CDC Oddly Quiet On Study Proving Vaping Does Not Pollute Indoor Air
A study by federal health officials investigating the effects of vaping indoors did not find meaningful levels of toxins or pollutants in the vapor exhaled from e-cigarettes.
The National Institute for Occupational Safety and Health, an arm of the Centers for Disease Control and Prevention (CDC), released the results of a study in July evaluating the concentrations of “vaping-related chemicals” in the air of a vape shop. The research, which was conducted in January, revealed that the levels of various chemicals present in liquid nicotine were well below federal safety limits for workplaces, reports Vaping 360.
The scientists tested the levels of a litany of potential pollutants, including nicotine, propylene glycol, formaldehyde and diacetyl, but said they could not be sure about the origin of certain chemicals they detected. They noted that low levels of formaldehyde “exist in many indoor environments because of off gassing from furnishings, clothing and other materials.” (RELATED: Misleading Surgeon General Report On Vaping Battered As Fiction)
The same held true for elements like calcium, potassium, magnesium and phosphorous, which are also present in human sweat.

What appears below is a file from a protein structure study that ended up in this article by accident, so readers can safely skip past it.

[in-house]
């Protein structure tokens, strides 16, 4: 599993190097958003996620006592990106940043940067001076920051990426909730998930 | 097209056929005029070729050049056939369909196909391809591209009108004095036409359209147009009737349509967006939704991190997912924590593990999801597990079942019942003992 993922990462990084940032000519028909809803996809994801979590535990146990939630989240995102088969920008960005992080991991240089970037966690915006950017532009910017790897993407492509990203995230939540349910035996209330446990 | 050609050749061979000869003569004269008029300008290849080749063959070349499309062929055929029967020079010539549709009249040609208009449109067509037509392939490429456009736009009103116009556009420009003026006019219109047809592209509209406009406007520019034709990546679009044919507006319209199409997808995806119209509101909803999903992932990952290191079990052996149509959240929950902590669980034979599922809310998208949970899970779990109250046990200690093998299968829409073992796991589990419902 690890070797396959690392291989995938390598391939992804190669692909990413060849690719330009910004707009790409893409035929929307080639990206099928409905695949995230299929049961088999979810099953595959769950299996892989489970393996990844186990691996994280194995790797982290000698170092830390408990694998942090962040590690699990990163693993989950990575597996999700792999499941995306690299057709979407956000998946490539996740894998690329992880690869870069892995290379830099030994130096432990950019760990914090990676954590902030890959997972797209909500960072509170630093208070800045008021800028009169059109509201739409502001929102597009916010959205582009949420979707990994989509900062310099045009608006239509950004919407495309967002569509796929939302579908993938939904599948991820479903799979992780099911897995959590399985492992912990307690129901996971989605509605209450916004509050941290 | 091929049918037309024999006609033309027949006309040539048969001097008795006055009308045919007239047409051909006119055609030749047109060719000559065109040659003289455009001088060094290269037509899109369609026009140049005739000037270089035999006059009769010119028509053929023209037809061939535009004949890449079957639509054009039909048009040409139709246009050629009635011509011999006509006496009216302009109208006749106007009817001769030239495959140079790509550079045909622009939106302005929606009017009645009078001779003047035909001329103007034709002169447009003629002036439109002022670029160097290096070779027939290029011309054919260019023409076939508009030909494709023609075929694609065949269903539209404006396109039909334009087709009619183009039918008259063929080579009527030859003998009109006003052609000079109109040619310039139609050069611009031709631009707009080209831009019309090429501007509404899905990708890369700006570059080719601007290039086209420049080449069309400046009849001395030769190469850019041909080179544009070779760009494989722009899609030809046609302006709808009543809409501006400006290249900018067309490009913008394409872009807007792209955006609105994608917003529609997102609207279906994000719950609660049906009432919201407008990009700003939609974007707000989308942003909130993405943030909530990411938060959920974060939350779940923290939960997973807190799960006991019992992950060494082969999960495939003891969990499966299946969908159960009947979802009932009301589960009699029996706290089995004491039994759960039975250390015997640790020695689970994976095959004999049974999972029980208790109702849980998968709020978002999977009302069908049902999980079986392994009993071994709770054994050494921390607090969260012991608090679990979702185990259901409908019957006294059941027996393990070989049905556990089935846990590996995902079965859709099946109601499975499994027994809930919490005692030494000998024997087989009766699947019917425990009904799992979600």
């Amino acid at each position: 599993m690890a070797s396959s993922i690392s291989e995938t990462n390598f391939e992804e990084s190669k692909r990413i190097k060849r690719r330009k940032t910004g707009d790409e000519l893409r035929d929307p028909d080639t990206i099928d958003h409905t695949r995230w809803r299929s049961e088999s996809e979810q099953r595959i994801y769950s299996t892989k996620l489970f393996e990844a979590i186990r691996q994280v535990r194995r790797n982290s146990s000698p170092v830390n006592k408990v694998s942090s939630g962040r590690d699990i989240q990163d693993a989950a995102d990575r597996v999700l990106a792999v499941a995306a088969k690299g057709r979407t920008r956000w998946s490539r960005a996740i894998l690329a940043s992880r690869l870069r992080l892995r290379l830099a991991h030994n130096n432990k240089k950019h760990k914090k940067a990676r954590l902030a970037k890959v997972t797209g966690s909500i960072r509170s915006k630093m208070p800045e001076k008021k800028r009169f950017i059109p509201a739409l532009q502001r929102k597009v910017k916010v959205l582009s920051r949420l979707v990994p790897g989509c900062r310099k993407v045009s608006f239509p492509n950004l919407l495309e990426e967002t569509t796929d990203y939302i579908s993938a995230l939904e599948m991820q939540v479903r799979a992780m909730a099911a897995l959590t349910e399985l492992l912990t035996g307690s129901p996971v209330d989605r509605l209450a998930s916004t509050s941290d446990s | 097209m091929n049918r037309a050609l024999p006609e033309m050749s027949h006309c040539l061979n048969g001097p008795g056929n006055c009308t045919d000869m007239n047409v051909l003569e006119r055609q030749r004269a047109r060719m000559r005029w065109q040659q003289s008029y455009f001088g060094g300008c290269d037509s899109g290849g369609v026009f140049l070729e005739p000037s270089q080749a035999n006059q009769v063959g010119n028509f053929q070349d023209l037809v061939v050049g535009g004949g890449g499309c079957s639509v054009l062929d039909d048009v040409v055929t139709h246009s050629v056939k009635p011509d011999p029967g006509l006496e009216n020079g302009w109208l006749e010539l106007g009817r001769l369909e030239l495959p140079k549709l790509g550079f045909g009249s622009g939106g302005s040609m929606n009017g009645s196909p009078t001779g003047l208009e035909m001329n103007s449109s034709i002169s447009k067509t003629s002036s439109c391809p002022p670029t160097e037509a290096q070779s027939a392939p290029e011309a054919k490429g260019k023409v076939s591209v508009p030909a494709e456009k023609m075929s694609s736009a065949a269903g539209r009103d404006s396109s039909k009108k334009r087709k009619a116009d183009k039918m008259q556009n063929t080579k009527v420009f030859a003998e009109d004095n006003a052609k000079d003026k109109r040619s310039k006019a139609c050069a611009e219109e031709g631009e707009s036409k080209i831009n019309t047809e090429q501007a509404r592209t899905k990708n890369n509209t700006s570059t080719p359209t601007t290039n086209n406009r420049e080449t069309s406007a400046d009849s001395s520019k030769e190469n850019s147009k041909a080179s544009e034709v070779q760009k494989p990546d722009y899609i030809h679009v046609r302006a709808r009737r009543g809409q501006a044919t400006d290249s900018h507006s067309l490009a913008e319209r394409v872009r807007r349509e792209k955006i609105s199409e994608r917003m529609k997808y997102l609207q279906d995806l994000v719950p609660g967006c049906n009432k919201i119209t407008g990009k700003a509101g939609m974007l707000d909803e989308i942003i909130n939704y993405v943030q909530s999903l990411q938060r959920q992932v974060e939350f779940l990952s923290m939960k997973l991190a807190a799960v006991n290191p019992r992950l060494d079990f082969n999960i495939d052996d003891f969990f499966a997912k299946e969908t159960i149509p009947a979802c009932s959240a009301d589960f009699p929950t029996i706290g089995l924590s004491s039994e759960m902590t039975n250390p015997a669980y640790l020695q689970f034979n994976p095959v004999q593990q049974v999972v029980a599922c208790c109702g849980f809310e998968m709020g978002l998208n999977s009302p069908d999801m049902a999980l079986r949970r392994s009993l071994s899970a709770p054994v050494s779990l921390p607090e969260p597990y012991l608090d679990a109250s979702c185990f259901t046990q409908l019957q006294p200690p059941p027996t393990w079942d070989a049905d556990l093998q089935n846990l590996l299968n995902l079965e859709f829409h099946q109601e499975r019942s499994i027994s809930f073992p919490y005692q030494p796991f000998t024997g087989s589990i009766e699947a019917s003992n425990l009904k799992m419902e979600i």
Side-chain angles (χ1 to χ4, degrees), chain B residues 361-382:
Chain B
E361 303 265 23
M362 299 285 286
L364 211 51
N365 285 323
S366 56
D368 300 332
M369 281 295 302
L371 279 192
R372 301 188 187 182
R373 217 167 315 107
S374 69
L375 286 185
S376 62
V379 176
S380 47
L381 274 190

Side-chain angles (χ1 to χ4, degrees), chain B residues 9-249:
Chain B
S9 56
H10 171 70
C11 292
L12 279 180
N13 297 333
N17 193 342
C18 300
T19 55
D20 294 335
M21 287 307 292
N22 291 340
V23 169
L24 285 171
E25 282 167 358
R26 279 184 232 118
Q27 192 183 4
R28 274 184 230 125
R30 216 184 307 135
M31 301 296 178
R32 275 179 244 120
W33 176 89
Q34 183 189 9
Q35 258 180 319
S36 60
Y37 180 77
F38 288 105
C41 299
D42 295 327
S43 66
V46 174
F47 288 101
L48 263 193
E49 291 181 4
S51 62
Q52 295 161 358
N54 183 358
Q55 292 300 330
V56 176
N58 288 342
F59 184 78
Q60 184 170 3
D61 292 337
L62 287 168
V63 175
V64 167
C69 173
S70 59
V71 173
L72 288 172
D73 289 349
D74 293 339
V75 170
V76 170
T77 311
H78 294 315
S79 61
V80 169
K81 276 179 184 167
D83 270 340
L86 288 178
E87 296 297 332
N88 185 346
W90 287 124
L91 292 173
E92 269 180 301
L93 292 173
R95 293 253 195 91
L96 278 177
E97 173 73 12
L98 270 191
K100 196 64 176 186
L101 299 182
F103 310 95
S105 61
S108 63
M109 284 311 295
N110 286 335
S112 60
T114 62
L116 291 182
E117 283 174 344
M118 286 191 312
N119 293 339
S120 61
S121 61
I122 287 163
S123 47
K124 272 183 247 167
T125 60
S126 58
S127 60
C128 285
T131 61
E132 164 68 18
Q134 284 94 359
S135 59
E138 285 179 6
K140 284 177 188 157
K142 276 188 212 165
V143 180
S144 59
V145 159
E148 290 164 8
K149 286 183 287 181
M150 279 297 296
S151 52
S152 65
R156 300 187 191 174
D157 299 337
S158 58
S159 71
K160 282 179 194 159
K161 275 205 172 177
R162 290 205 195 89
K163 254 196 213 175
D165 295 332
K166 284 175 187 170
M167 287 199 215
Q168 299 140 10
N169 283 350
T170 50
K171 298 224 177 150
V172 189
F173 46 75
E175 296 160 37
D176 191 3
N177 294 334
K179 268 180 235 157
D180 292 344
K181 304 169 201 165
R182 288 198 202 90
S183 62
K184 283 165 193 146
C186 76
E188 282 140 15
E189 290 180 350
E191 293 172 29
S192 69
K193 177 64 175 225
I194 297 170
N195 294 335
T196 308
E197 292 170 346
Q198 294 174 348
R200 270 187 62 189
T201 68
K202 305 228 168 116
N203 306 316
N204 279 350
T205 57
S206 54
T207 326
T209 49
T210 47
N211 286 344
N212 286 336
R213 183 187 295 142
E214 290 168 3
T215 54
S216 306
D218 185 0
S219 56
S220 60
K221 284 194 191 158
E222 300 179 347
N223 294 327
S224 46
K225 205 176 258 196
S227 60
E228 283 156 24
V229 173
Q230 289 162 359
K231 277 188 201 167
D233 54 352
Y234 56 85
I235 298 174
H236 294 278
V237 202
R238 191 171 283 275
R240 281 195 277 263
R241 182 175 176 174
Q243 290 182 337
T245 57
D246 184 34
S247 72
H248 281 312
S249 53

In short, the levels of these various chemicals in both the air and on surfaces in the shop were negligible, according to CDC researchers, suggesting that indoor vaping is not harming the health of bystanders. The findings are particularly important for the owners and operators of vape shops, who teach customers how to properly use the devices and test which flavor will work best for them.
The results also help back up efforts to maximize access to vaping as a way of reducing smoking rates and cutting down on air-pollution from cigarettes. The government of England, which backs vaping as a safer alternative to smoking, advocates against vaping bans in offices and public spaces. The U.K.’s Department of Health says vaping should not be included in any government policy concerning “smoke-free” workplaces.
Despite the good news from the study, officials have not issued a press release or statement concerning the findings. The CDC, which is never shy about criticizing the vaping industry, remains silent.
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